Clinicians Providing Counseling to New York Uniformed Services
July 1, 2002
Only one day after the September 11 attacks, a small group of clinicians joined together to develop a coalition of volunteers who committed to providing pro bono psychological services for New York City's uniformed service personnel and their families, for as long as it takes. The New York Disaster Counseling Coalition (NYDCC), a not-for-profit organization, has grown from that original small group to include hundreds of volunteer clinicians committed to donating a minimum of one pro bono session per week with a client who is seen in the privacy and confidentiality of the clinician's office.
Though NYDCC was founded in response to September 11, it is not limited to serve those directly affected by the attack. The motto of NYDCC, "for as long as it takes," focuses on the long term. Meeting the broadest needs, NYDCC consists of licensed psychiatrists, psychologists, social workers and clinical nurse specialists and represents a diverse ethnicity, a broad range of skills and geographical locations throughout the tristate area (New York, New Jersey and Connecticut).
It's a daunting task to reach out to a population that historically has been reluctant to seek help. Clinicians know that trauma can trigger difficulties that reverberate years after the initial incident, but how is that message conveyed? How do clinicians remove the stigma associated with requesting help, especially by a population that prides itself on giving help, not needing it? One way is to work from the top down and from the bottom up, meeting with departmental officials as well as peer organizations, union representatives and grass root organizations. NYDCC reaches out to spouses and partners of uniformed service members, as well as to the clergy, informing them about the services offered. Many times a clergy member is the first person that the family contacts. Physicians are another point of contact, often treating several members of the same family and recognizing that patients frequently somatize emotional conflicts. NYDCC includes as many levels of contact as possible to provide access to mental health services for the unique population that the group serves.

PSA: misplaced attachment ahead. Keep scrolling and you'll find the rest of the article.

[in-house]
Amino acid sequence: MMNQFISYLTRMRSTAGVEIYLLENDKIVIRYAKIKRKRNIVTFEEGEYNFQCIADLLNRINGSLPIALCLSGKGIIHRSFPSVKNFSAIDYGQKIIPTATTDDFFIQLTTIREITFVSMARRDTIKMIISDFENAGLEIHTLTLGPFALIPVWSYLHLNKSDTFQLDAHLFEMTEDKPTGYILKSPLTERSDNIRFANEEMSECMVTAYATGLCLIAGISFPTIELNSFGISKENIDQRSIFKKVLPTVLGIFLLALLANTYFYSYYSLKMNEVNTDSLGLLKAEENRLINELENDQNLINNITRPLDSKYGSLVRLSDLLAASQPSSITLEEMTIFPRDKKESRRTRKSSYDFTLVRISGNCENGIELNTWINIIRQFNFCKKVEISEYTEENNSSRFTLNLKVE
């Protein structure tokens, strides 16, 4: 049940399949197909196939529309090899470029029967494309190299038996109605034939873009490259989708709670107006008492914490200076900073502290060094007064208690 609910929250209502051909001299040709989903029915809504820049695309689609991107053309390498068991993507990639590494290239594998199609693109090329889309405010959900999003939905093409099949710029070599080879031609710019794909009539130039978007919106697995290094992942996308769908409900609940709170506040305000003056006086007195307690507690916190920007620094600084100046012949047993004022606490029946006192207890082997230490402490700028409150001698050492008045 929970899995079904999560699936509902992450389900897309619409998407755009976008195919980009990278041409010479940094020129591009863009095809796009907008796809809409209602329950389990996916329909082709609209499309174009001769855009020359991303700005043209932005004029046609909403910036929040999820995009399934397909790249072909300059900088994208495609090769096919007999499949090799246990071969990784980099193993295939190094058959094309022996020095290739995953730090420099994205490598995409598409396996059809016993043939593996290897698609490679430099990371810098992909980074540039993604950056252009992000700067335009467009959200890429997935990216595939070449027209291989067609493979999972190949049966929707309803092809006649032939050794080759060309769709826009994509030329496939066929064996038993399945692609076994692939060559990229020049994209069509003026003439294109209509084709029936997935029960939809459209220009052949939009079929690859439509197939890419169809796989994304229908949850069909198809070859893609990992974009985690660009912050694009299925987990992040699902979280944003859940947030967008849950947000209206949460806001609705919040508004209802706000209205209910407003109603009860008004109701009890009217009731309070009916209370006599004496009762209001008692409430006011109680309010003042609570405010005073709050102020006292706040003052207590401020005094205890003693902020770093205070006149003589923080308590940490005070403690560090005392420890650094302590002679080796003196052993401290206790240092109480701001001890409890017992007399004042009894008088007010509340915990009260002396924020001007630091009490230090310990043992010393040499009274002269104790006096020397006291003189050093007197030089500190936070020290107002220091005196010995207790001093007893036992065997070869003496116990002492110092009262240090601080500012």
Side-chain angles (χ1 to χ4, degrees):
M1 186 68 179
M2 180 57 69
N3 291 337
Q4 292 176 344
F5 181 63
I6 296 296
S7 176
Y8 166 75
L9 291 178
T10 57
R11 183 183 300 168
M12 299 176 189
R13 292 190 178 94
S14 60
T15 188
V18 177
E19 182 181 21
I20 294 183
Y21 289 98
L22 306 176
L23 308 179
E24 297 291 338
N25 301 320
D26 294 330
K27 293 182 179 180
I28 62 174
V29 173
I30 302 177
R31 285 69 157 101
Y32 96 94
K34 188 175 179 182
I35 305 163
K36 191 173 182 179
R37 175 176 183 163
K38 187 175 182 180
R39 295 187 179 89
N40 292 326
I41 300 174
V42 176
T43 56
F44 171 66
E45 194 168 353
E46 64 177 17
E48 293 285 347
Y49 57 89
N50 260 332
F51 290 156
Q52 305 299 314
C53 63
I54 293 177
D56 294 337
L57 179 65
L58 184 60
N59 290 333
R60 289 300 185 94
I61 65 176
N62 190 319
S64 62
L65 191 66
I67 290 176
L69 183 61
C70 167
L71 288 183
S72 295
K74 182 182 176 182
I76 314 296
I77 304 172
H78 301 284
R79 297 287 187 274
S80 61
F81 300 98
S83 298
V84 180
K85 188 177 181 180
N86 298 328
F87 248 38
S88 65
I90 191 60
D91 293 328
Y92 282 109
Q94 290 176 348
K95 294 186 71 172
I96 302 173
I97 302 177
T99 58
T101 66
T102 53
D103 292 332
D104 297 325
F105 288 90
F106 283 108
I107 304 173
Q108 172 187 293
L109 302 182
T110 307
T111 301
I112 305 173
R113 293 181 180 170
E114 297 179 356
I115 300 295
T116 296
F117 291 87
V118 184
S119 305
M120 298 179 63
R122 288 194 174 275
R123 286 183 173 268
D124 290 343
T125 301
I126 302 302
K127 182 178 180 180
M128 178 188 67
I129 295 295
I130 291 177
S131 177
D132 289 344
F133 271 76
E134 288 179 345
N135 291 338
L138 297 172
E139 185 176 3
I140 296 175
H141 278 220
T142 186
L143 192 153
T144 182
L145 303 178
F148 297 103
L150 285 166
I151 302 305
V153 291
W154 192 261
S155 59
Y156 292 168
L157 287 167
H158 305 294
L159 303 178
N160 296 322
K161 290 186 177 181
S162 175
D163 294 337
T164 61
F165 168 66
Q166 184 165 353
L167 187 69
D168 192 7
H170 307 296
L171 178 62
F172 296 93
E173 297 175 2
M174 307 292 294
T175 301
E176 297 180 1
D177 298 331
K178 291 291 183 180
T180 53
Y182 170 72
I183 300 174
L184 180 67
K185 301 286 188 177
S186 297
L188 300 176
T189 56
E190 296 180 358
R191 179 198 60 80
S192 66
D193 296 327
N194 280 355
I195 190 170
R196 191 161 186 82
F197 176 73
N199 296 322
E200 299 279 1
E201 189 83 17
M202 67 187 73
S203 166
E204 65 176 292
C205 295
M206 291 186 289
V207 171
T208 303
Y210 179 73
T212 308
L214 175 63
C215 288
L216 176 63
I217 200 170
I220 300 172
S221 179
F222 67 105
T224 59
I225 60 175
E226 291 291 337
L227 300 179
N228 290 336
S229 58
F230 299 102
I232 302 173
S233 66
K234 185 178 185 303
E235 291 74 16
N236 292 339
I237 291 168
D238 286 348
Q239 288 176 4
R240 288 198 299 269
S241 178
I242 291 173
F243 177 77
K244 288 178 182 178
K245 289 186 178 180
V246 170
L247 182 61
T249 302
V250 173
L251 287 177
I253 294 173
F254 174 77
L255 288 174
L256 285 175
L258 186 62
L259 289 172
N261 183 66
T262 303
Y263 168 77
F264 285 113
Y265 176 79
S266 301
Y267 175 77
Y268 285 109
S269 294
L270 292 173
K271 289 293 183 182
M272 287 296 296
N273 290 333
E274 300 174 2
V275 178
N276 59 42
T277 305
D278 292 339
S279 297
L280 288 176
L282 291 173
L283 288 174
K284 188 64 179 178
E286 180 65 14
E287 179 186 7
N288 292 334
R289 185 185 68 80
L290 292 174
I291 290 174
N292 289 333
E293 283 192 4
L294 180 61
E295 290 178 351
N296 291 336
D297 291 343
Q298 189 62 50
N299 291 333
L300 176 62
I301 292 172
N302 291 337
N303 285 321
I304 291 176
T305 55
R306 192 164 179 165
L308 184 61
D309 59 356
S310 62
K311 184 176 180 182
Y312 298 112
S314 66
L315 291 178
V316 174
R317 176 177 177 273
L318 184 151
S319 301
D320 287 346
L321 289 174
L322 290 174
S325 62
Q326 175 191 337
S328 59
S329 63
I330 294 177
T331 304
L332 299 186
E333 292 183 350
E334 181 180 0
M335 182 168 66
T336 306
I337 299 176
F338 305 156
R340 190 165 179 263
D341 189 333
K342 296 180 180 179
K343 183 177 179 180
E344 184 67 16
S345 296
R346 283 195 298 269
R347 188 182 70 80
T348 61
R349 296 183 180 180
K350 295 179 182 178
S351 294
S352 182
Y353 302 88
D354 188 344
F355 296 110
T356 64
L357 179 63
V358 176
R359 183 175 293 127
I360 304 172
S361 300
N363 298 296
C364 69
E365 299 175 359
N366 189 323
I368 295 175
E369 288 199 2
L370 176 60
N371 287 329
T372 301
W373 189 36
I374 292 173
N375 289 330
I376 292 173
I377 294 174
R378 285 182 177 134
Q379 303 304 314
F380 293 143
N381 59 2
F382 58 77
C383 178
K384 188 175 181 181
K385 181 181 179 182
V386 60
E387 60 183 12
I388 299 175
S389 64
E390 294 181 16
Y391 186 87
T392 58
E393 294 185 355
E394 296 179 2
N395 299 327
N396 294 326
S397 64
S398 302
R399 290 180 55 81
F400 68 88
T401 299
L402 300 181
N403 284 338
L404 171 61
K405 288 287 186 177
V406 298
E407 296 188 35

Most organizations first starting out face many challenges. Flexibility is important. The NYDCC volunteers' level of commitment provides great responsiveness. The NYDCC has become a resource for many relief organizations and will be developing peer training programs with emergency medical service organizations. Many NYDCC clinicians are facilitating group town hall informational sessions for the Columbia University Police Project. Because the volunteers will need to process their experiences, peer supervision groups are being developed.
NYDCC is an interactive organization, sending monthly updates to volunteers informing them of plans and programs. Clinicians are polled for their opinions on matters affecting the organization, and NYDCC has become a source of information for them as well. As the needs of the community and the volunteers are identified, committees have formed to focus on specific areas requiring immediate attention. Each committee is chaired by an NYDCC board member with a volunteer member reporting to the committee chair. Active committees include physician's initiative project, public relations, Web site development, training, psychiatrist outreach, recruitment, gay and lesbian outreach and clergy liaison.
Currently, NYDCC receives referral requests from many sources: uniformed service personnel and their spouses and partners; counseling service units of NYC uniformed service personnel departments; and organizations, such as LifeNet-Mental Health Association of N.Y. Focus is directed to clients' needs, as well as to NYDCC volunteers-this organization strives to serve both. As the roster of clinical specialists continues to grow, it is most gratifying to watch the NYDCC organization develop a comprehensive network of clinicians, services and clients.
For more information, contact Dorothy Kurlander at email@example.com.